OVAE Connection -- August 11, 2011
Archived Information

LINCS Hosts ‘Using Video with Adult Learners’

The Literacy Information and Communication System (LINCS) Professional Development and Technology and Distance Learning Lists are hosting the online discussion “ Using Video with Adult Learners,” Part II of “Using Video in Teaching and Staff Development,” on Aug. 15–19, 2011. Participants will explore how the creation of and increased access to videos through cell phone s, sites such as YouTube, and video cameras is making it easier and more engaging to include video in instruction. Participants will also discuss how pre-made video content is being used in the classroom and at a distance. As an ongoing resource for list participants, the tools, techniques, and content discussed will be shared on the Adult Literacy Education (ALE) Wiki.

To participate in the upcoming discussion, please subscribe to the discussion list prior to Aug. 15–19. For more information on Part I of the discussion, which took place on July 25–29, 2011, please access The Multi-Dimensions of Staff Development: Using Videos for Instructor PD.

CTE and STEM (Part of a Continuing Series)

The large deficit in people with the education needed to fill jobs today through the end of the decade has been a major focus and concern of government at all levels, the business community, academic think tanks, career and technical education organizations, and other groups for the past several years. The impetus behind this changed focus is the prediction that “about 90 percent of the jobs in four of the five fastest growing occupational clusters require postsecondary education,” according to the Georgetown Center on Education and the Workforce. These clusters are: healthcare professional and technical occupations, STEM occupations, community services and arts occupations, and education. (New Jobs Forecast Predicts Millions of Workers at Risk of Being Left Behind, June 15, 2010.)

Of these four, the STEM occupations are often said to be key to the innovation that will be necessary to keep the United States as the most productive economy in the world. A 2009 issue brief (CTE’s Role in Science, Technology, Engineering & Math, June 2009) by the Association for Career and Technical Education (ACTE) took note of this relationship. A “concern has been growing [over the last several years] about America’s underinvestment and underperformance in the fields collectively known as STEM.” The STEM initiative, as portrayed by ACTE, is an “initiative for securing America’s leadership in science, technology, engineering and mathematics fields and identifying promising strategies for strengthening the educational pipeline that leads to STEM careers.”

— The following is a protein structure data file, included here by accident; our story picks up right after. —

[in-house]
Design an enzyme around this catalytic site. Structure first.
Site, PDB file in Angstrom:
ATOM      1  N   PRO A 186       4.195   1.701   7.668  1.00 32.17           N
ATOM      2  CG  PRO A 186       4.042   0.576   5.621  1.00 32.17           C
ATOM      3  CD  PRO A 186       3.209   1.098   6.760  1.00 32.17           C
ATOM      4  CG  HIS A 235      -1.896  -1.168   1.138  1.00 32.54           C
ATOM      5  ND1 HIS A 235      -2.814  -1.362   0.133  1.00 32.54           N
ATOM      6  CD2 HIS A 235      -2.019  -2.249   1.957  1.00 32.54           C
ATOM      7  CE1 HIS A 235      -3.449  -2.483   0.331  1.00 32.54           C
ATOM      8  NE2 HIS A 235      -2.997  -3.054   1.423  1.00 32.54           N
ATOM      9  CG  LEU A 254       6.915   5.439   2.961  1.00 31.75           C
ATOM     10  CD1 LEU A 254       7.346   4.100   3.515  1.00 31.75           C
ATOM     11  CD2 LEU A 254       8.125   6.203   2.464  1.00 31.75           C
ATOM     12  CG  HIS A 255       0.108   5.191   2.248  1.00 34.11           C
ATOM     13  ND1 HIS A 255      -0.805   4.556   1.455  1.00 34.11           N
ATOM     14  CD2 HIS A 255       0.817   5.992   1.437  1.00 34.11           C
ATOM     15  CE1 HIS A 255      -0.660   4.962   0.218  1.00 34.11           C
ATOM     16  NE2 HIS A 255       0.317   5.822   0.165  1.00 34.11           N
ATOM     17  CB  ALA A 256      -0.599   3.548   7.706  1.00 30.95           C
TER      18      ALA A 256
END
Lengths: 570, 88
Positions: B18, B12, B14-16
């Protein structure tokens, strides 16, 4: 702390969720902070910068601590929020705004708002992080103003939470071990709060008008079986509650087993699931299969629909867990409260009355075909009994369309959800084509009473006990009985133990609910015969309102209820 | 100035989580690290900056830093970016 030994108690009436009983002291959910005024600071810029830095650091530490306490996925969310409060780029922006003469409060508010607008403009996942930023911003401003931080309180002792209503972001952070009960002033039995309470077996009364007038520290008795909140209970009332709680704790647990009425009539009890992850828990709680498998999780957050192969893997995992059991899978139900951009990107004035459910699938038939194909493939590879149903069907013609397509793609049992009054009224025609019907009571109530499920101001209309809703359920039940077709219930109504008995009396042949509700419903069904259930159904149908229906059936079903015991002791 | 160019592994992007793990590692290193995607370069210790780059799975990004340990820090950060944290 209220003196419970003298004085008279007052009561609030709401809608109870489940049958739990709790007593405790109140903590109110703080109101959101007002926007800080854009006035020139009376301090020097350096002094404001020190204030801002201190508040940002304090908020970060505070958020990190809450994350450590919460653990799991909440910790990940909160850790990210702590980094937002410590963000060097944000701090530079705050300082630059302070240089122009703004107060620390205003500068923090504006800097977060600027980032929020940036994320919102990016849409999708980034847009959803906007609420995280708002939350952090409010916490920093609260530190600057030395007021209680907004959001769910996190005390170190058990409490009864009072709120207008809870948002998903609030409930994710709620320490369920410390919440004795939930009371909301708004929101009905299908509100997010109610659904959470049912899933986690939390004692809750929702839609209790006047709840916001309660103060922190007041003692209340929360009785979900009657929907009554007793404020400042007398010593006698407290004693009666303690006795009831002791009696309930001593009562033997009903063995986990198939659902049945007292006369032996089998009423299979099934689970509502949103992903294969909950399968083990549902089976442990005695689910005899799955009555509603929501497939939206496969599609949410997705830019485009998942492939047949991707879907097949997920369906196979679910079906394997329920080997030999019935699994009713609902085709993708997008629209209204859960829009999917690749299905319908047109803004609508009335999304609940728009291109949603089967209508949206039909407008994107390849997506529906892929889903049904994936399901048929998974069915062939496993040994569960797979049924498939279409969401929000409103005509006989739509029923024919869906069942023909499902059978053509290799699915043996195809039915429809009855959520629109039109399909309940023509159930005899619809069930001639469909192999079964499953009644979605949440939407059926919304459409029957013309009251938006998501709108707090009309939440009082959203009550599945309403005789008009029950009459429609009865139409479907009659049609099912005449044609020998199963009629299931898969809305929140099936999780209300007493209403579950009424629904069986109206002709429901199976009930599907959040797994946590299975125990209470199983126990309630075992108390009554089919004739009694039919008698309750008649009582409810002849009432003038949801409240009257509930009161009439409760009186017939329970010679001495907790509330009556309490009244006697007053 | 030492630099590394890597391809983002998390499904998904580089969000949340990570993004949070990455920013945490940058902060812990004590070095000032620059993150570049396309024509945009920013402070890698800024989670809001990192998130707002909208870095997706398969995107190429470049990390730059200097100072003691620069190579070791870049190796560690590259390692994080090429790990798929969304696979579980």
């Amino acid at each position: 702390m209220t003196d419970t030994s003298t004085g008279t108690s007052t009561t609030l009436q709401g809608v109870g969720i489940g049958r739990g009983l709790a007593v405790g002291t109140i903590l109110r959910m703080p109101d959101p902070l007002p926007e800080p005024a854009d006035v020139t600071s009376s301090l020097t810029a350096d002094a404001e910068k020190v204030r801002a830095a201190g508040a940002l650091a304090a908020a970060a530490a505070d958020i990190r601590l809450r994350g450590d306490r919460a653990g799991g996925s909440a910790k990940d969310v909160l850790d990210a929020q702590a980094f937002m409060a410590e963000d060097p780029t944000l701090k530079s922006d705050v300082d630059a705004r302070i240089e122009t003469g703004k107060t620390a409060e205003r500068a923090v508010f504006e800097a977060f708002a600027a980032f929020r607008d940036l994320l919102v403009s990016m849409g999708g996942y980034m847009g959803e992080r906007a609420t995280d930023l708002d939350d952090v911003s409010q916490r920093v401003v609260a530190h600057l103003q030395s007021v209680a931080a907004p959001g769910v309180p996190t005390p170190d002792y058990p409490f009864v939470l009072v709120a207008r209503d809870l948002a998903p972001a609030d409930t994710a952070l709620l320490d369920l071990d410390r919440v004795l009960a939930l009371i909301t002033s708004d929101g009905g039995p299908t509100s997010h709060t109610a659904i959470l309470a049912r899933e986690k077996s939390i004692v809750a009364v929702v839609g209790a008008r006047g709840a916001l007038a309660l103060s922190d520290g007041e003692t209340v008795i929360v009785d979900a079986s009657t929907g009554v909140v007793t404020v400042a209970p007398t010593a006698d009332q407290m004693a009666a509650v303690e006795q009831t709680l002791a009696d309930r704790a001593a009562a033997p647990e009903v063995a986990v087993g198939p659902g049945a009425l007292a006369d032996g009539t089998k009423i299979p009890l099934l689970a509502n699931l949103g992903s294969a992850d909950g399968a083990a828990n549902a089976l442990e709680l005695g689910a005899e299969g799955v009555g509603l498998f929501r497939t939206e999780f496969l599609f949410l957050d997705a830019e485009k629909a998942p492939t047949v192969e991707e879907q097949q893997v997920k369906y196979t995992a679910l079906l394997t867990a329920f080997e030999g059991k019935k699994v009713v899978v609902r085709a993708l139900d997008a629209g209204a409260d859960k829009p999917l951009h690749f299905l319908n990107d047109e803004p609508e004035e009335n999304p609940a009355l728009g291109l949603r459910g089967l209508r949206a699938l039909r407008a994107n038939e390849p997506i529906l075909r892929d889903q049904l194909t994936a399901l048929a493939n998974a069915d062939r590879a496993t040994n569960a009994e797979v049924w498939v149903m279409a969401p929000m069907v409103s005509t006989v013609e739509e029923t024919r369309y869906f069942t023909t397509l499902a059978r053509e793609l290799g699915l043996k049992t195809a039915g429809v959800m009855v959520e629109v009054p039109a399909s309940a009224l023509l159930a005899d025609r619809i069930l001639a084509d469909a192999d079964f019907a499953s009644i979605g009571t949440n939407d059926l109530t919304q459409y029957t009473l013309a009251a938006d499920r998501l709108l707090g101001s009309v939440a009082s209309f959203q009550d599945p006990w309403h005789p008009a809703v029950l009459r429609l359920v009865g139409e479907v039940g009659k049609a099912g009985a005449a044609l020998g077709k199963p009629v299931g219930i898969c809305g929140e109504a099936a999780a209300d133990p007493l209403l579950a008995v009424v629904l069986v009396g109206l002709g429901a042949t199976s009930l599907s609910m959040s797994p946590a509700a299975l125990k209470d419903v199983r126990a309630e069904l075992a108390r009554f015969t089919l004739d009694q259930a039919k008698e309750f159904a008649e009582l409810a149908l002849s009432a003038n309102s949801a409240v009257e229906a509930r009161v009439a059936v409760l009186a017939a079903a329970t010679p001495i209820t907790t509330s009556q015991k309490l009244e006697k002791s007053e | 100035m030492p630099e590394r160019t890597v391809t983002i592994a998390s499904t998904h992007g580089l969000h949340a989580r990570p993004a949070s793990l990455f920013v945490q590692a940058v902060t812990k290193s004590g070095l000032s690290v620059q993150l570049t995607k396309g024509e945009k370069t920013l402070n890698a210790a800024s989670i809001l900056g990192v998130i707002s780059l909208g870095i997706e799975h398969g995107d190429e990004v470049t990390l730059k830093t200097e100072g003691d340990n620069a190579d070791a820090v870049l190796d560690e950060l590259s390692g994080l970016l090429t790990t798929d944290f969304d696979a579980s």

ACTE affirms that science, technology, engineering and math are “integral parts of our nation’s critical economic sectors, from health care to energy and infrastructure to national security.” The issue brief notes that “STEM careers include not only those requiring a research-related occupations in areas as diverse as aquaculture, automotive technology, accounting and architecture.” More careers than ever before require a deep understanding of science, technology, engineering or math principles.” (To be continued in future issue)

OVAE Welcomes Alicia Board

Alicia Board has joined OVAE as a member of the Broad Residency Class of 2011–13. The Broad Residency is a leadership development program that places participants into full-time, high-level managerial positions in school districts, charter management organizations, and federal or state departments of education. Board currently serves as a program specialist and will primarily focus on the implementation of the CTE transformation strategy. Prior to joining the Broad Residency, Board was a development associate at the Neighborhood Development Company. In this capacity, she assisted the company’s real estate acquisition efforts and served as a project manager responsible for interior design selections, project accounting, financial modeling, scheduling, and construction oversight. Previously, Board served as a senior project manager at the New York City Department of Housing Preservation and Development, where she focused on affordable housing. In this role, she secured key governmental approvals for projects, negotiated affordability terms with developers, and coordinated the use of city subsidies to fill funding gaps on projects. She started her career with JPMorgan Chase’s not for profit group as a credit analyst and was later promoted to a relationship manager responsible for overseeing the cash and investment management needs of clients. Board holds a bachelor’s degree in economics from Florida A&M University and is a fellow of the Consortium for Graduate Study in Management with a master’s degree in business administration from the University of Wisconsin-Madison.

Welcome, Alicia!

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Last Modified: 08/15/2013